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  • Black Fire [180 Gram Vinyl]
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Black Fire [180 Gram Vinyl]

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Product Details

  • Vinyl (April 9, 2013)
  • Number of Discs: 1
  • Label: Heavenly Sweetness Records
  • Average Customer Review: 4.8 out of 5 stars  See all reviews (6 customer reviews)
  • Amazon Best Sellers Rank: #674,042 in Music (See Top 100 in Music)

1. Pumpkin
2. Subterfuge
3. Black Fire
4. Cantarnos
5. Tired Trade
6. McNeil Island
7. Land Of Nod

Editorial Reviews

Limited 180gm vinyl LP pressing. 1963 Blue Note debut album from Jazz pianist Andrew Hill, edgey brilliance at its best, a lean, stripped-down session that has Hill playing with Joe Henderson, Richard Davis, and Roy Haynes in a mode that's somewhere between his own Smokestack album, and the stark modernism of Jackie McLean's mid 60s ''new thing'' work. The whole set's pretty darn great, one of the more mindblowing Blue Notes you'll ever hope to buy.

Customer Reviews

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Most Helpful Customer Reviews

32 of 32 people found the following review helpful By G B on April 30, 2006
Format: Audio CD
Andrew Hill's leader debut for Blue Note is one of his best recordings. The story is that Hill played piano on Joe Henderson's excellent album Our Thing and was then approached by producer Alfred Lion to make an album of his own music. Hill rose to the challenge, bringing seven strikingly original compositions that didn't fit into either the "free jazz" or "hard bop" categories.

It wasn't unusual in the mid-60s for Blue Note albums to include original compositions, but sometimes these compositions were pretty generic: a modal number, a "Sidewinder" clone, a blues number, etc. But not here -- each of Hill's tunes is distinct from those generic categories, and from the other tunes on the album. Hill's tunes include weird twists and turns, starts and stops, alternating sections with clashing ideas or moods, unpredictable rhythms, and of course a touch of Monk. "Subterfuge" is a percussive, claustrophobic piano trio performance. "McNeil Island" is another trio performance, but this time Roy Haynes sits out. Joe Henderson plays very lyrically on this one. "Black Fire" is a waltz, alternating an upbeat theme with a darker one. It's interesting to see how the soloists adjust to the frequently adjusting moods in their solos. "Pumpkin" (introduced by a striking Richard Davis bassline) and the sorta-Latin "Cantarnos" both feature intense, passionate melodies.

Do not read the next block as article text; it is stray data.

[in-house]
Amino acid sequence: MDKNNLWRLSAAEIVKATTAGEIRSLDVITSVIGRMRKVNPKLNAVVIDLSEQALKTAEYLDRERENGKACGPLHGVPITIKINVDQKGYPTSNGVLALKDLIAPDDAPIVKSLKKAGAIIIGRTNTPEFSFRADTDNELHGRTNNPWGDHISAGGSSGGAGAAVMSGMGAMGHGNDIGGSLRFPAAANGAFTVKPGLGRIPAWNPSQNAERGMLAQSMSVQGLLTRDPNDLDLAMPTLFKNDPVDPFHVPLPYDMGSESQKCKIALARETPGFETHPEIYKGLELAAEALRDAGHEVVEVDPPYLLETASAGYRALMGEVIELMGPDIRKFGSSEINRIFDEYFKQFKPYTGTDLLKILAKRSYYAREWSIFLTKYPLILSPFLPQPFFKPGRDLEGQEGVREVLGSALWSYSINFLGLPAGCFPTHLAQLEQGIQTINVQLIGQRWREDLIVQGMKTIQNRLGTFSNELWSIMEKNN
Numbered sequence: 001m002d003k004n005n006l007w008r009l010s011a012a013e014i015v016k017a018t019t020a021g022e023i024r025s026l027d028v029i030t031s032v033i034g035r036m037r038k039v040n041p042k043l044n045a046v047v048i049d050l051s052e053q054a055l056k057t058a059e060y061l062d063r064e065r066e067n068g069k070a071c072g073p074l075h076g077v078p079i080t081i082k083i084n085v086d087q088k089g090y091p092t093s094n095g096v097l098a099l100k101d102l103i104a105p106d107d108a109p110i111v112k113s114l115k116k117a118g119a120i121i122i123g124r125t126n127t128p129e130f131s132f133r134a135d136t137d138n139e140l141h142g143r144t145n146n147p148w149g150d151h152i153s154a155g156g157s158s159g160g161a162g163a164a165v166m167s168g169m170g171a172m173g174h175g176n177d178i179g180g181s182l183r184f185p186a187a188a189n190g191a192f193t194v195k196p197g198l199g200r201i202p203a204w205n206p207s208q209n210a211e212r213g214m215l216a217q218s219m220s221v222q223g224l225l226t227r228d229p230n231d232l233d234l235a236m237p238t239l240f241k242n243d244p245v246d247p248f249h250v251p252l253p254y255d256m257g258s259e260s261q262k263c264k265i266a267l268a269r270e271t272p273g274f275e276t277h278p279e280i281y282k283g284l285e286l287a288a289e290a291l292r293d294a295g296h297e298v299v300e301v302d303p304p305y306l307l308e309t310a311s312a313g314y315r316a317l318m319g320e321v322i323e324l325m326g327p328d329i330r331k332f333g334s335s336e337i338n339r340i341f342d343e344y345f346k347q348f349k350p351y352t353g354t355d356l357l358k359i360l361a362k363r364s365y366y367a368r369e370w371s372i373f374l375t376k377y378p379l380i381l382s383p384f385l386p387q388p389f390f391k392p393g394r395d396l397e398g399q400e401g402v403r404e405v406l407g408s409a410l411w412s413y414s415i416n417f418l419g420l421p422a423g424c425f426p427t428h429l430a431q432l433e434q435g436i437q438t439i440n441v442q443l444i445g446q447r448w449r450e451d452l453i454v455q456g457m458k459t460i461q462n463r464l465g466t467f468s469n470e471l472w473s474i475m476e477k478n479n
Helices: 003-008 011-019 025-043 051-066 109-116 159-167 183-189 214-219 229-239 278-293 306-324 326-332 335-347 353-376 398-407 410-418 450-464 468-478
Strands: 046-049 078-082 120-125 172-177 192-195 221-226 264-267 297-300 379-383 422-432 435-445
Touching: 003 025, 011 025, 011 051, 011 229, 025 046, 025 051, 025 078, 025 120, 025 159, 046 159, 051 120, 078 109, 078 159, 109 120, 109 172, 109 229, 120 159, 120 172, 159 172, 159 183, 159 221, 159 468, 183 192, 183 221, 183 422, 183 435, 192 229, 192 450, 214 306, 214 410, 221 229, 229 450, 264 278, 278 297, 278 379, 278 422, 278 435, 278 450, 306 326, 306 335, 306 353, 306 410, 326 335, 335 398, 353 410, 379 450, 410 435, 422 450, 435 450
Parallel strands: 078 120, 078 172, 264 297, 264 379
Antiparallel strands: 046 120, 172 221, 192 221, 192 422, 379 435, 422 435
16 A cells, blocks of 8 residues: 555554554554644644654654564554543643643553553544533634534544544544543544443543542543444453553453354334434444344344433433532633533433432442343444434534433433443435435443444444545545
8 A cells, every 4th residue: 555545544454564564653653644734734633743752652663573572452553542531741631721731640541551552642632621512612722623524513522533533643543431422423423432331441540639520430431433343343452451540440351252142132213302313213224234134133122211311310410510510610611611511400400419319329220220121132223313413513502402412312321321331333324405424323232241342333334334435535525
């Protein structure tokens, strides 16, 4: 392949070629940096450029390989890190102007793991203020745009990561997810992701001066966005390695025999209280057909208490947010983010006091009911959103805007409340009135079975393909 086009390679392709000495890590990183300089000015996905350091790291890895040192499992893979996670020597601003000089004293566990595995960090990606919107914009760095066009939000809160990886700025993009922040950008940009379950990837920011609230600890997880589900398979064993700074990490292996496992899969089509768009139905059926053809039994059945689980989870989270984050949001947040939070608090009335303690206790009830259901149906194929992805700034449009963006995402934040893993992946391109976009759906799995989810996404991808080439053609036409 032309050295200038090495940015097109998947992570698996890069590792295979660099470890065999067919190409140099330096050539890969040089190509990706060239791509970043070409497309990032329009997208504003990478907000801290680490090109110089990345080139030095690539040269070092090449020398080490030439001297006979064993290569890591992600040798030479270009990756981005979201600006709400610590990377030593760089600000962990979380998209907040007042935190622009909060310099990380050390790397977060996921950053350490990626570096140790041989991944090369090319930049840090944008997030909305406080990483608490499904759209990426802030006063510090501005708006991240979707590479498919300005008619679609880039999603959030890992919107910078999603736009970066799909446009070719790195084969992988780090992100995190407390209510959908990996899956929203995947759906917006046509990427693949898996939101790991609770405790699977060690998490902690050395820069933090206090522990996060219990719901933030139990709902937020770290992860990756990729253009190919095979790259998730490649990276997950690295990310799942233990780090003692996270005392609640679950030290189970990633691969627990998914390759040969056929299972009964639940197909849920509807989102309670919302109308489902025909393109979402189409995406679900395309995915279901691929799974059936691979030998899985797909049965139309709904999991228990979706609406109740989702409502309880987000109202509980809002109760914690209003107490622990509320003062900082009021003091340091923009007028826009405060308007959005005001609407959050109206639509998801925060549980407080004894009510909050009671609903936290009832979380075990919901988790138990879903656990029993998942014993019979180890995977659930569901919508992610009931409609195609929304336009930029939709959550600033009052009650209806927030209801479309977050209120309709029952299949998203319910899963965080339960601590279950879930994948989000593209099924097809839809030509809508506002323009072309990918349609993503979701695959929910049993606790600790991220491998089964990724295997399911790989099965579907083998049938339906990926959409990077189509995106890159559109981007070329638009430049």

Hill got a major assist from his quartet: Henderson (tenor sax), Davis (bass) and Haynes (drums). Hill had great chemistry with all three guys, and each would appear on at least one Hill recording after this one. Henderson's playing is more avant-garde than on contemporary albums such as Lee Morgan's Sidewinder and Grant Green's Idle Moment.
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19 of 19 people found the following review helpful By Michael Brad Richman HALL OF FAMEVINE VOICE on July 13, 2004
Format: Audio CD
Andrew Hill's "Black Fire," out-of-print domestically for nearly ten years as a single-disc and often impossible to find used, makes an improbable return to the Blue Note catalog in the RVG series. This November 8, 1963 seesion is the underrated pianist's debut as a leader, and what a fine introduction it is to this unique jazz composer and performer. Joined by tenor saxophonist Joe Henderson, bassist Richard Davis and drummer Roy Haynes, this quartet runs through the seven Hill originals (plus two alternate takes) like they'd been playing together for years. Those familiar with Hill's music know this is no easy task, as these songs, with their creative melodies, complex rhythms and intricate interplay make playing together cohesively quite difficult. Many are too quick to lump Andrew Hill into the jazz avant-garde, and while his music is expansive and exploratory, it is certainly firmly grounded in the post-bop jazz tradition. "Black Fire" must have been hard to put out, but now that it is here, listen to it burn!
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12 of 12 people found the following review helpful By Bluesman From Barcelona on June 16, 2007
Format: Audio CD
While it can be considered that Andrew Hill and his recordings qualify as avant-garde, his music has melody, rhythm and harmony. Hill's sounds are as analytical as powerfully visceral. In some parts of his music it is noticeable the influence of three monsters of the piano: Earl Hines one of the best, the great Bud Powell and the supernatural and influential Thelonious Monk.
"Black Fire", Andrew Hill's powerful debut record for Blue Note, is an impressive and original record which builds from hard bop and even flirts with free music in some of its songs. Perhaps this "Black Fire" is more suitable to begin with Hill's music rather than his allegedly best albums, "Point of Departure" and "Judgement". Here he is backed by a kind of dream team, with Joe Henderson on tenor sax, playing it sensationally, in his usual way, the virtuous bassist Richard Davis, and the highly acclaimed drummer Roy Haynes, all of them leaders in their own bands. None of them are content within the limits of conventional hard bop and that is what makes "Black Fire" an outstanding classical record of modern Jazz. All of the themes, seven originals plus two alternate takes, are very good, so I highly recommend it. It is an essential and a must-have record. You can't go wrong buying it.
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